Researchers here propose enhancing the cellular operation of the immune cells called macrophages in order to slow the progression of atherosclerosis, a condition in which blood vessel walls become inflamed and damaged, and dangerous fatty plaques grow inside the blood vessels. A number of processes contribute to the progression of atherosclerosis once any initial damage to blood vessel walls exists, and one of the important ones is the behavior of macrophages at the site of damage. These cells are drawn by the presence of oxidatively damaged cholesterol and lipids, ingest them and break them down. Some are overwhelmed by the volume of these damaged molecules, however, becoming what are called foam cells. Many die and their debris contributes to inflammation, and the growth of plaques that narrow blood vessels. This attracts further macrophages in a vicious cycle that ends in disaster when a plaque breaks free and blocks a blood vessel to cause a stroke or heart attack. This research is focused on enhancing the ability of macrophages to deal with cholesterol:
Therapeutically targeting macrophage reverse cholesterol transport is a promising approach to treat atherosclerosis. Macrophage energy metabolism can significantly influence macrophage phenotype, but how this is controlled in foam cells is not known. Bioinformatic pathway analysis predicts that miR-33 represses a cluster of genes controlling cellular energy metabolism that may be important in macrophage cholesterol efflux. We hypothesized that cellular energy status can influence cholesterol efflux from macrophages, and that miR-33 reduces cholesterol efflux via repression of mitochondrial energy metabolism pathways.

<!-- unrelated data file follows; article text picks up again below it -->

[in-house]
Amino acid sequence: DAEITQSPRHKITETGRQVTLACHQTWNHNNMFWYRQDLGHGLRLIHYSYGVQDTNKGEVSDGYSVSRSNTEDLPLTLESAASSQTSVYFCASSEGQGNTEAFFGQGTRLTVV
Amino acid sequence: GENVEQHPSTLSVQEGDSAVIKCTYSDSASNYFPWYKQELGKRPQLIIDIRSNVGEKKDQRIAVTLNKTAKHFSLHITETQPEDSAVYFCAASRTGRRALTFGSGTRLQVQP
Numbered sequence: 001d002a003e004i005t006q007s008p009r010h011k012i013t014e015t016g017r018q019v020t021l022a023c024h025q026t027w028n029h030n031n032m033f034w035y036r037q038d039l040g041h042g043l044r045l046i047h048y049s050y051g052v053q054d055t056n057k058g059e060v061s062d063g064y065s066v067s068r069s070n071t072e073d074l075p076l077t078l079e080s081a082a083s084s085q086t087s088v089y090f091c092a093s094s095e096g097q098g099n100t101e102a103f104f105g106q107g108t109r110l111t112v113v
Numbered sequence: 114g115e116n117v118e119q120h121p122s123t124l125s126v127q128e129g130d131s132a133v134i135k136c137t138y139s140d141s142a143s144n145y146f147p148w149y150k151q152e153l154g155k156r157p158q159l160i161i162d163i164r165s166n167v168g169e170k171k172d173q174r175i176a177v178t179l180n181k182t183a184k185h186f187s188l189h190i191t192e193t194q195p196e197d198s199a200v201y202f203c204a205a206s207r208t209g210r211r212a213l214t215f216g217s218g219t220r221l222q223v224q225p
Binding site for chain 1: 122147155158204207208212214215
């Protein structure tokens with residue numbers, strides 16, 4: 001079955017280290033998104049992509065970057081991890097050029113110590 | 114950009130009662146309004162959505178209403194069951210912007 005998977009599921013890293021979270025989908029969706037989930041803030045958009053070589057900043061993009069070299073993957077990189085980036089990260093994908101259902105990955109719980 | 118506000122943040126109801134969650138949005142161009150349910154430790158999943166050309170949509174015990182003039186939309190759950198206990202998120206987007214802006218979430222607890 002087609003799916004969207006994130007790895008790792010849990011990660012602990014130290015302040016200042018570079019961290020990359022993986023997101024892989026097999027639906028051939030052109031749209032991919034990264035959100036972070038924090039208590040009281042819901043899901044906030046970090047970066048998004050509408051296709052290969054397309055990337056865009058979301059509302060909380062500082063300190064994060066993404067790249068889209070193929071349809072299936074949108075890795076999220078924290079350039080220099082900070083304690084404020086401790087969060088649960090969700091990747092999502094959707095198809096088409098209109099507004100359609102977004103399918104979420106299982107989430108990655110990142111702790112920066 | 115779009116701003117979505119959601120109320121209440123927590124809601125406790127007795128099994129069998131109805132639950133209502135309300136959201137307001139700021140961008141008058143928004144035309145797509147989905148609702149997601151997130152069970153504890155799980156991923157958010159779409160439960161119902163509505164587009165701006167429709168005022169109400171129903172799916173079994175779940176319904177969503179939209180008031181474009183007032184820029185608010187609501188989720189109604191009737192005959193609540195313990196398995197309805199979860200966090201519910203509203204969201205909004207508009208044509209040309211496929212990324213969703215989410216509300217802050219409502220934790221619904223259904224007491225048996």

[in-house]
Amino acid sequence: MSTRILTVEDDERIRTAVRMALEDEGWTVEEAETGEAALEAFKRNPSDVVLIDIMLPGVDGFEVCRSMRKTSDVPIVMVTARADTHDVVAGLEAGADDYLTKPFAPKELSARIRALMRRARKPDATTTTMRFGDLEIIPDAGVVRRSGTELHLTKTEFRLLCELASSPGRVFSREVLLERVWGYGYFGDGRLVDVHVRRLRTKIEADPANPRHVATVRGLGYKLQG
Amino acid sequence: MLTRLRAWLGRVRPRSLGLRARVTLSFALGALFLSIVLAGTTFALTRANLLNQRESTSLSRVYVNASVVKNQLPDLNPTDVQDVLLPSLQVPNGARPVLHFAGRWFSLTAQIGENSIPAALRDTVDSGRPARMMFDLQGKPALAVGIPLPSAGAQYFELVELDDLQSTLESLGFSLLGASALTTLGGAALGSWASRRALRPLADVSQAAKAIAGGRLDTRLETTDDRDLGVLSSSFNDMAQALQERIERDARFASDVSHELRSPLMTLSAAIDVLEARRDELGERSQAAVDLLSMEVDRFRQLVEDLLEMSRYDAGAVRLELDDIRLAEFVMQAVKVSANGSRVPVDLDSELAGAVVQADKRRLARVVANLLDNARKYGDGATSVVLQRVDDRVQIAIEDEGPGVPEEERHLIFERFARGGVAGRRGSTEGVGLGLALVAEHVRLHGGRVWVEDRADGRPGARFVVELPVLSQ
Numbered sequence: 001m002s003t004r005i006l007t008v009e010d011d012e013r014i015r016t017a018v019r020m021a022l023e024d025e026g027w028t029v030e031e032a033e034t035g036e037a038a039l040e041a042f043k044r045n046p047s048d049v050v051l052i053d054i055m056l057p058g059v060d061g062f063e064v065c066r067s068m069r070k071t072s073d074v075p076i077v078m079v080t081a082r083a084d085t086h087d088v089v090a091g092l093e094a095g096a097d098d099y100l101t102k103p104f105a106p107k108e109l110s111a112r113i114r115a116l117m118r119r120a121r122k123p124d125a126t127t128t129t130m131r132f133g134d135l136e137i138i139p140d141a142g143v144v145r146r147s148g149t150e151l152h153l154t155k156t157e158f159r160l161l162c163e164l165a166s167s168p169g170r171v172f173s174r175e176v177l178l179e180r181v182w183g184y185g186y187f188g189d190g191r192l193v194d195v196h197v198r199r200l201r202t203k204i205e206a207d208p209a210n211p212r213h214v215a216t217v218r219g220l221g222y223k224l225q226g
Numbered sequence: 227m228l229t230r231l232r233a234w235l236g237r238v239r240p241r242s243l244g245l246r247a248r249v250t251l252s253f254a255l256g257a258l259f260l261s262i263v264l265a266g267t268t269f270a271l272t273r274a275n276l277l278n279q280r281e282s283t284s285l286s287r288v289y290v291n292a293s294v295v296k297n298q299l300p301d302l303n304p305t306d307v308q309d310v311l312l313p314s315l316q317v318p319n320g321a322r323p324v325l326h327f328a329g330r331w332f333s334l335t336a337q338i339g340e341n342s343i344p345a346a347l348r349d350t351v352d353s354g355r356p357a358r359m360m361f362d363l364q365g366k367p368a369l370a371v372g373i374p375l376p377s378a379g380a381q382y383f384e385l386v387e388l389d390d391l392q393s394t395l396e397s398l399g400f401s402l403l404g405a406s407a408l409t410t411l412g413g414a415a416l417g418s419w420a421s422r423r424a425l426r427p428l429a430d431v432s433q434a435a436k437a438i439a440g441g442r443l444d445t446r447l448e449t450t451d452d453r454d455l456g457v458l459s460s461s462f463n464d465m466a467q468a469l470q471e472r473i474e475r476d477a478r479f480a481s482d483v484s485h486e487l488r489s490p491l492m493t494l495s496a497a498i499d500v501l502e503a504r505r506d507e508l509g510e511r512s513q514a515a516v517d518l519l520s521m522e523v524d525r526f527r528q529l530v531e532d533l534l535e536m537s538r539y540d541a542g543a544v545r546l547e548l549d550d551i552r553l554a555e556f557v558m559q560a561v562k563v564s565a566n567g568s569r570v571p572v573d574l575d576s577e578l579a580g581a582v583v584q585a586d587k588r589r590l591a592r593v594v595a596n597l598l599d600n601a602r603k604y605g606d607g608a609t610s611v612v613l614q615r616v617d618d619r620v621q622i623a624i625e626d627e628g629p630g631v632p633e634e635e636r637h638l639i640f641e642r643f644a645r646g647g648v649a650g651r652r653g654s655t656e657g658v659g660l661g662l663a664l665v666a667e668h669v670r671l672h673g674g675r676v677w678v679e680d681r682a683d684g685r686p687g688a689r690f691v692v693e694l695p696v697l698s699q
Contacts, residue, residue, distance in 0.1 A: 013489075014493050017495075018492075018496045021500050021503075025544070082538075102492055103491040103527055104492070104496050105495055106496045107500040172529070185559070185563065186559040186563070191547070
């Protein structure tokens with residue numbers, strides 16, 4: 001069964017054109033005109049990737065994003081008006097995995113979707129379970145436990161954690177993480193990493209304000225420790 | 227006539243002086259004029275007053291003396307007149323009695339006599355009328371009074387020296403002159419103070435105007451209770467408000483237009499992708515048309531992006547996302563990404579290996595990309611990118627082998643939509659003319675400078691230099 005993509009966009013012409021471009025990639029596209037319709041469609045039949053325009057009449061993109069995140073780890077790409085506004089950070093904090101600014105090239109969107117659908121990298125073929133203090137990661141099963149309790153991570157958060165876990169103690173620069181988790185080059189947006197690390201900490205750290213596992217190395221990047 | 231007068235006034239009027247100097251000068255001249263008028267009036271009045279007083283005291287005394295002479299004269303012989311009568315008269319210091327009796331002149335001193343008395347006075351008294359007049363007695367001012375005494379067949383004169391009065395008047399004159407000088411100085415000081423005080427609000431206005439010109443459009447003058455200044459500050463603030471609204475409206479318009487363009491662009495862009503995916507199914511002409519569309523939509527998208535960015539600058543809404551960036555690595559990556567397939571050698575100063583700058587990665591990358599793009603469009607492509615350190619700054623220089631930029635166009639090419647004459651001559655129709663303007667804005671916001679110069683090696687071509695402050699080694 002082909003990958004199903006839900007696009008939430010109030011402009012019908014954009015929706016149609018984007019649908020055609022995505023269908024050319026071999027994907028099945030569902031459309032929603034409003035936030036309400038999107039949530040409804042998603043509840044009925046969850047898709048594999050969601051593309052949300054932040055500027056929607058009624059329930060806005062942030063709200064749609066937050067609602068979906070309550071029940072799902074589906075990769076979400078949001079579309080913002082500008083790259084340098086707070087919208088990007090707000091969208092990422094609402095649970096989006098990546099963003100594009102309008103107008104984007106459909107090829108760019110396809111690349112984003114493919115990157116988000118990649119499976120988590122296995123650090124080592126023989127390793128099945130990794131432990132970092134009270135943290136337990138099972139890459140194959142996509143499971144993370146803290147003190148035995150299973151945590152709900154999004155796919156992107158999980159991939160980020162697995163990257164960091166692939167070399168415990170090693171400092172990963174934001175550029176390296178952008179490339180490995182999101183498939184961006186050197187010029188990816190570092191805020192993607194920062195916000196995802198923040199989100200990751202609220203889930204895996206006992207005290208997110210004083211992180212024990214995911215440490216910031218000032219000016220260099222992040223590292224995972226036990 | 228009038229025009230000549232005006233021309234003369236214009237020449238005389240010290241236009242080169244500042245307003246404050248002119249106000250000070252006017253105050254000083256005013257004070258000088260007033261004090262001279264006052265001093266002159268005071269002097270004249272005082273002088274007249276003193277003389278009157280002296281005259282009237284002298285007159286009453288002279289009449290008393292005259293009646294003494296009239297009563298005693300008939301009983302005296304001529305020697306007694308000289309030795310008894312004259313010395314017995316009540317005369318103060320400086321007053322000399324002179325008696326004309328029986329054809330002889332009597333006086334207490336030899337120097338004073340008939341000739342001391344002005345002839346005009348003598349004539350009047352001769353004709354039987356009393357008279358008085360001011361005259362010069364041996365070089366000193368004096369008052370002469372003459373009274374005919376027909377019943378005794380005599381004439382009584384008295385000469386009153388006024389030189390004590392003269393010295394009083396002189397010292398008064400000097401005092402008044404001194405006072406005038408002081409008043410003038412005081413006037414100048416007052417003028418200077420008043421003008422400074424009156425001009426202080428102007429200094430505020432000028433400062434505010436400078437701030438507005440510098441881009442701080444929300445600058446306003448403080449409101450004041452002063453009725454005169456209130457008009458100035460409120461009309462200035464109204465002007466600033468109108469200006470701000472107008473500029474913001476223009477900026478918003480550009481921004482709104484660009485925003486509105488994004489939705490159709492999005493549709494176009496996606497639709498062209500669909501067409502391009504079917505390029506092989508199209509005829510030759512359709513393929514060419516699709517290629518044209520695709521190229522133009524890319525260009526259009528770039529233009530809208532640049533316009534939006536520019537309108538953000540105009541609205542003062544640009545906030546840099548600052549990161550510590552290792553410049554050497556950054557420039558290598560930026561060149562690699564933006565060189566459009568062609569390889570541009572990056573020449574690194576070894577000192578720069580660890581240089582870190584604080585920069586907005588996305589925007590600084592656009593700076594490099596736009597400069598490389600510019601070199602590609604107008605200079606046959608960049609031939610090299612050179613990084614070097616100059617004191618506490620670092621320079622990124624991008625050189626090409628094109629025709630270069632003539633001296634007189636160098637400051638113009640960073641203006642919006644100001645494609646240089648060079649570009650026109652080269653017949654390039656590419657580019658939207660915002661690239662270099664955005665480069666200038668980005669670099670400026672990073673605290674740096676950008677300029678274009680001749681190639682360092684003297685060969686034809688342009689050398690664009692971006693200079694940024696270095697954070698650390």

In this study, we demonstrated that macrophage cholesterol efflux is regulated by mitochondrial ATP production, and that miR-33 controls a network of genes that synchronize mitochondrial function. Inhibition of mitochondrial ATP synthase markedly reduces macrophage cholesterol efflux capacity, and anti-miR33 required fully functional mitochondria to enhance ABCA1-mediated cholesterol efflux. Specifically, anti-miR33 derepressed the novel target genes PGC-1α, PDK4, and SLC25A25 and boosted mitochondrial respiration and production of ATP. Treatment of atherosclerotic Apoe−/− mice with anti-miR33 oligonucleotides reduced aortic sinus lesion area compared with controls, despite no changes in high-density lipoprotein cholesterol or other circulating lipids. Expression of miR-33a/b was markedly increased in human carotid atherosclerotic plaques compared with normal arteries, and there was a concomitant decrease in mitochondrial regulatory genes PGC-1α, SLC25A25, NRF1, and TFAM, suggesting these genes are associated with advanced atherosclerosis in humans.
This study demonstrates that anti-miR33 therapy derepresses genes that enhance mitochondrial respiration and ATP production, which in conjunction with increased ABCA1 expression, works to promote macrophage cholesterol efflux and reduce atherosclerosis.